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    Thought S4 would be hard having not looked at it at all until today (too many other exams!), but it doesn't seem to bad in truth. Really helps that there's so much overlap with AQA Statistics too, as I have S4 and SS05 on the same day >.<
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    (Original post by angrybirdzzz)
    Thought S4 would be hard having not looked at it at all until today (too many other exams!), but it doesn't seem to bad in truth. Really helps that there's so much overlap with AQA Statistics too, as I have S4 and SS05 on the same day >.<
    Yeah, it's not sooo bad though out of interest, how/why are you doing SS05?
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    (Original post by SeanFM)
    Yeah, it's not sooo bad though out of interest, how/why are you doing SS05?
    Doing all 18 Edexcel modules on top of the 6 AQA Statistics ones. People say it's a waste of time, I say it's a challenge
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    (Original post by angrybirdzzz)
    Doing all 18 Edexcel modules on top of the 6 AQA Statistics ones. People say it's a waste of time, I say it's a challenge
    Fairs I wouldn't think you're sitting all 24 in one year, but that is still a bit.. stressful
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    (Original post by SeanFM)
    Fairs I wouldn't think you're sitting all 24 in one year, but that is still a bit.. stressful
    Yeah, did C1-4, S1-2 and SS1B-03 last year.

    I know people who have to retake S2 and have a triple FP3, SS06 and S2 retake clash next Monday! :bricks:
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    (Original post by SeanFM)
    Please link the paper
    https://7c9a99abd139eb14bde7da77d86a...%20Edexcel.pdf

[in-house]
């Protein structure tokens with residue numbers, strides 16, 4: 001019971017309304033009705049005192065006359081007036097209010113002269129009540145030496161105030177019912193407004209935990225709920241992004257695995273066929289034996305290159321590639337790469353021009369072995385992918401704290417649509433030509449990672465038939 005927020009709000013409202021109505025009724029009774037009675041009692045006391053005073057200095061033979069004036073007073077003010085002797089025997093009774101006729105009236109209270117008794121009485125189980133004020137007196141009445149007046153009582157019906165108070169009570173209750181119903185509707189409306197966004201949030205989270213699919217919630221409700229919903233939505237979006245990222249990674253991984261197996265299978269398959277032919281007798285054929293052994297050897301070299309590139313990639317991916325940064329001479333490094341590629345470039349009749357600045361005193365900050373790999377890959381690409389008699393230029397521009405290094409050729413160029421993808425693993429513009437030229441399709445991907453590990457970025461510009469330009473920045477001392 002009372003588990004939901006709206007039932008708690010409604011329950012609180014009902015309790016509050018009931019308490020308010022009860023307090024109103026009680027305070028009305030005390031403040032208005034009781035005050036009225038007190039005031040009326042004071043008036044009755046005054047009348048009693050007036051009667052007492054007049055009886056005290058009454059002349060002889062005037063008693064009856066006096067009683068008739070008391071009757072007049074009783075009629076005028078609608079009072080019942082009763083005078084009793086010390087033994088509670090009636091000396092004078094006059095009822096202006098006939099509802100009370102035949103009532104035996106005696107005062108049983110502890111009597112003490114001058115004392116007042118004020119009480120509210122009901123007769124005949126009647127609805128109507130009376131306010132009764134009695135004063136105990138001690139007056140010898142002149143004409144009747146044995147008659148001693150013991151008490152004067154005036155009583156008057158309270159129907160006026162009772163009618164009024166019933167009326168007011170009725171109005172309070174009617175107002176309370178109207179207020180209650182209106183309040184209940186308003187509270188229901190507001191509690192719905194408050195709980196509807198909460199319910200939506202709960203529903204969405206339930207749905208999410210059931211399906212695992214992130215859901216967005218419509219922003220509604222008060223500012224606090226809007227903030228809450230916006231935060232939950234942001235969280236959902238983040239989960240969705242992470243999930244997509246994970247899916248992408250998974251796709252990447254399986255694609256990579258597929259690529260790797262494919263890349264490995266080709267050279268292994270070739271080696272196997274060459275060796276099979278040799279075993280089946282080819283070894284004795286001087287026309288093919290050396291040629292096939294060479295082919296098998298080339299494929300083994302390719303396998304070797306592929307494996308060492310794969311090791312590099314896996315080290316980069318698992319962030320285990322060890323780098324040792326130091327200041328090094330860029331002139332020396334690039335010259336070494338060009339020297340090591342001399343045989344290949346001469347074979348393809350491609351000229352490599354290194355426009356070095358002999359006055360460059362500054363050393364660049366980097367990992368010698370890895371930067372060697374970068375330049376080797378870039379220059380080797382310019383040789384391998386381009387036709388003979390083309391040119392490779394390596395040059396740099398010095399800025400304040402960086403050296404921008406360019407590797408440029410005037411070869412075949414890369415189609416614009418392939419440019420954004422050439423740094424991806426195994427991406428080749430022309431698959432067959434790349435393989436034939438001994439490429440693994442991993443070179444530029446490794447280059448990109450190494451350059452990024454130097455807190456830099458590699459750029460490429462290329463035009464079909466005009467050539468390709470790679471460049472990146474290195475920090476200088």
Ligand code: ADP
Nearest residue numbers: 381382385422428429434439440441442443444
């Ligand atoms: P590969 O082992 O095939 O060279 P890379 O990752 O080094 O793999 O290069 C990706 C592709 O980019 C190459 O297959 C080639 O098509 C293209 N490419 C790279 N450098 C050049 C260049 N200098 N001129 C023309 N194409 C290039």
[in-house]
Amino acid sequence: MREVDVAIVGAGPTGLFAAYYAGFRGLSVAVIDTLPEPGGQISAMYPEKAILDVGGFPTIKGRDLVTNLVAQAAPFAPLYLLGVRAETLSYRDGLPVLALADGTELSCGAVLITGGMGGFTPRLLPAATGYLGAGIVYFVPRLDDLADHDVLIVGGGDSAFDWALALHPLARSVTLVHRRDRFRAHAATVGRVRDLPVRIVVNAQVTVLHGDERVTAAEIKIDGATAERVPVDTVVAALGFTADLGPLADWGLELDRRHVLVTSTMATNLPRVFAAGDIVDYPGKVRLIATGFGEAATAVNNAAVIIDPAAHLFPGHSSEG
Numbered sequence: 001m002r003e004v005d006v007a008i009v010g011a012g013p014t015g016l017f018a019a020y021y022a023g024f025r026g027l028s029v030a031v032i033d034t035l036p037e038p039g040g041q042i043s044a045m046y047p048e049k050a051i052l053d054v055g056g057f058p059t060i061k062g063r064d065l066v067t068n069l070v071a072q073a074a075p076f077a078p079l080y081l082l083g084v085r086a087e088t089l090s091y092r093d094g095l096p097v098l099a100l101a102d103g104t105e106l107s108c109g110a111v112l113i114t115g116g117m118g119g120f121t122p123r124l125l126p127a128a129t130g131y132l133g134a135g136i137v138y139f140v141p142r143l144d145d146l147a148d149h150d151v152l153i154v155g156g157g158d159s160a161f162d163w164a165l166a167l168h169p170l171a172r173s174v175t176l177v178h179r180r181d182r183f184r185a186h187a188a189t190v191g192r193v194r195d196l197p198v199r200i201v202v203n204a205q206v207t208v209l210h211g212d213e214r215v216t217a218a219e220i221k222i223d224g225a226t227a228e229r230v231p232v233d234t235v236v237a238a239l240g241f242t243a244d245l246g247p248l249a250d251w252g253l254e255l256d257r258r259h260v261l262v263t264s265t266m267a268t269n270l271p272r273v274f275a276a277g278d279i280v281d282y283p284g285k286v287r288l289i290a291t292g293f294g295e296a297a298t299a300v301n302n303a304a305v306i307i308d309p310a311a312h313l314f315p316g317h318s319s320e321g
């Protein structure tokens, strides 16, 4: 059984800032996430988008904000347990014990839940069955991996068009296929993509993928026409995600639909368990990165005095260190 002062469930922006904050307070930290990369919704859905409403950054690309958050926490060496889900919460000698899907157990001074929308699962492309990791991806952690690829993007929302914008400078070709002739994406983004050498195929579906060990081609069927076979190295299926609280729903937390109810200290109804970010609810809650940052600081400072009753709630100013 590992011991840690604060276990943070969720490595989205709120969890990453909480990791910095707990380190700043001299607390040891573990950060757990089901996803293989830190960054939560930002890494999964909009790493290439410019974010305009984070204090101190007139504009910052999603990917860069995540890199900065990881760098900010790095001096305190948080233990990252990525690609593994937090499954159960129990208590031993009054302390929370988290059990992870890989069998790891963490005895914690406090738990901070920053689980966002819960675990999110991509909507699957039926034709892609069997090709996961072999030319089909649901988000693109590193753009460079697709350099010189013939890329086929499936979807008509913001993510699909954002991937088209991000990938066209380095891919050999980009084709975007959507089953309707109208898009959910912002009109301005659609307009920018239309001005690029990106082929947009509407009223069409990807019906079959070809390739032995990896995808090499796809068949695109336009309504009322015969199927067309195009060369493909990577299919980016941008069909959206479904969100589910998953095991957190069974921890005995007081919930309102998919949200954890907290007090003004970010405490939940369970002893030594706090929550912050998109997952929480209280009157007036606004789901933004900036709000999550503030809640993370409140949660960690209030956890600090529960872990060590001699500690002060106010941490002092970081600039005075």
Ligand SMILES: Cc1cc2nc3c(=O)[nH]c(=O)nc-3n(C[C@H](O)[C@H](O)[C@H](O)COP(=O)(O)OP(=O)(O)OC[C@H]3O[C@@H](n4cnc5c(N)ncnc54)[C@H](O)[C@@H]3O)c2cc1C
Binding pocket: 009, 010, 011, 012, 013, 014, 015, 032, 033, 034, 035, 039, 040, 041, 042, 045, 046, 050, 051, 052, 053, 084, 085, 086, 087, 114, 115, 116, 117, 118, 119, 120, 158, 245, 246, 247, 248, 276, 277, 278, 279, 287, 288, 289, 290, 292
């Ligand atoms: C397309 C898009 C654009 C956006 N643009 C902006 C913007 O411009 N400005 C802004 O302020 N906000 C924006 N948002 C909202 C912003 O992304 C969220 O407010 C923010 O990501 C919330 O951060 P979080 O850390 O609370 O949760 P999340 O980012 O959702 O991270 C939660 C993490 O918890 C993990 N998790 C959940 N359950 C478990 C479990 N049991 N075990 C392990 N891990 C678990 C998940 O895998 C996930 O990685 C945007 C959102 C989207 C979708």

Hope it works. It's on Physics and Maths tutor.
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    Would anyone be able to give me a hint for this one? I don't know how to work with the sums of X^2 that come with S^2 etc.

    And does anyone know why they gave me information about a chi-square variable? :lol:

    SeanFM
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    (Original post by 130398)
    https://7c9a99abd139eb14bde7da77d86a...%20Edexcel.pdf
    Hope it works. It's on Physics and Maths tutor.
    Well.. starting with 7, what have you tried/thought about?
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    (Original post by Euclidean)
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    Would anyone be able to give me a hint for this one? I don't know how to work with the sums of X^2 that come with S^2 etc.

    And does anyone know why they gave me information about a chi-square variable? :lol:

    SeanFM
    I've gotta be honest, I'm not sure on this one. :hide: I've had a look at all of the definitions and stuff but can't really think of what to do.

    It might have something to do with this: if it comes up in S4..
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    (Original post by SeanFM)
    Well.. starting with 7, what have you tried/thought about?
    Please don't. I don't understand why they used the Critical value equation from part a) and used another one in b) (with mu=200 and z=1.6449). I got the numbers but I didn't understand what to do with them. How would I calculate P(type II error) in this specific case (not the general definition of accepting Ho when it's false).